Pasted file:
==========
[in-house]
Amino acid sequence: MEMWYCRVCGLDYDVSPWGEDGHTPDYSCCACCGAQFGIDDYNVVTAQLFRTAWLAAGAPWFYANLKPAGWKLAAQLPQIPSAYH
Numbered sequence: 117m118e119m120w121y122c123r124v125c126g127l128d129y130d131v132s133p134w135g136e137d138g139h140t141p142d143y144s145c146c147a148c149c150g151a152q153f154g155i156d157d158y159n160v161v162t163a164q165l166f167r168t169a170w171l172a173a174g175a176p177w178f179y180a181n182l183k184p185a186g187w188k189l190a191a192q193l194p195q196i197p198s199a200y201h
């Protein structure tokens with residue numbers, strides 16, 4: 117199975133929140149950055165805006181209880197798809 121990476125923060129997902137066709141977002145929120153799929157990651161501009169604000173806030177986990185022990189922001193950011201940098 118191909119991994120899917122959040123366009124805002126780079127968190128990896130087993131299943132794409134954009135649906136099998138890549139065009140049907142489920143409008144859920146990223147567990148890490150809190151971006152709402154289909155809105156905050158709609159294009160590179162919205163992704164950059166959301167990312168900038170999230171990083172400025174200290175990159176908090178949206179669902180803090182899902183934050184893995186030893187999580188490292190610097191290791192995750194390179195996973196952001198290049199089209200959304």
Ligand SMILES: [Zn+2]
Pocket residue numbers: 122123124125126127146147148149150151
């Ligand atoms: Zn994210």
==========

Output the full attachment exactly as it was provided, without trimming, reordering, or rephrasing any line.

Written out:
[in-house]
Amino acid sequence: MEMWYCRVCGLDYDVSPWGEDGHTPDYSCCACCGAQFGIDDYNVVTAQLFRTAWLAAGAPWFYANLKPAGWKLAAQLPQIPSAYH
Numbered sequence: 117m118e119m120w121y122c123r124v125c126g127l128d129y130d131v132s133p134w135g136e137d138g139h140t141p142d143y144s145c146c147a148c149c150g151a152q153f154g155i156d157d158y159n160v161v162t163a164q165l166f167r168t169a170w171l172a173a174g175a176p177w178f179y180a181n182l183k184p185a186g187w188k189l190a191a192q193l194p195q196i197p198s199a200y201h
């Protein structure tokens with residue numbers, strides 16, 4: 117199975133929140149950055165805006181209880197798809 121990476125923060129997902137066709141977002145929120153799929157990651161501009169604000173806030177986990185022990189922001193950011201940098 118191909119991994120899917122959040123366009124805002126780079127968190128990896130087993131299943132794409134954009135649906136099998138890549139065009140049907142489920143409008144859920146990223147567990148890490150809190151971006152709402154289909155809105156905050158709609159294009160590179162919205163992704164950059166959301167990312168900038170999230171990083172400025174200290175990159176908090178949206179669902180803090182899902183934050184893995186030893187999580188490292190610097191290791192995750194390179195996973196952001198290049199089209200959304």
Ligand SMILES: [Zn+2]
Pocket residue numbers: 122123124125126127146147148149150151
């Ligand atoms: Zn994210």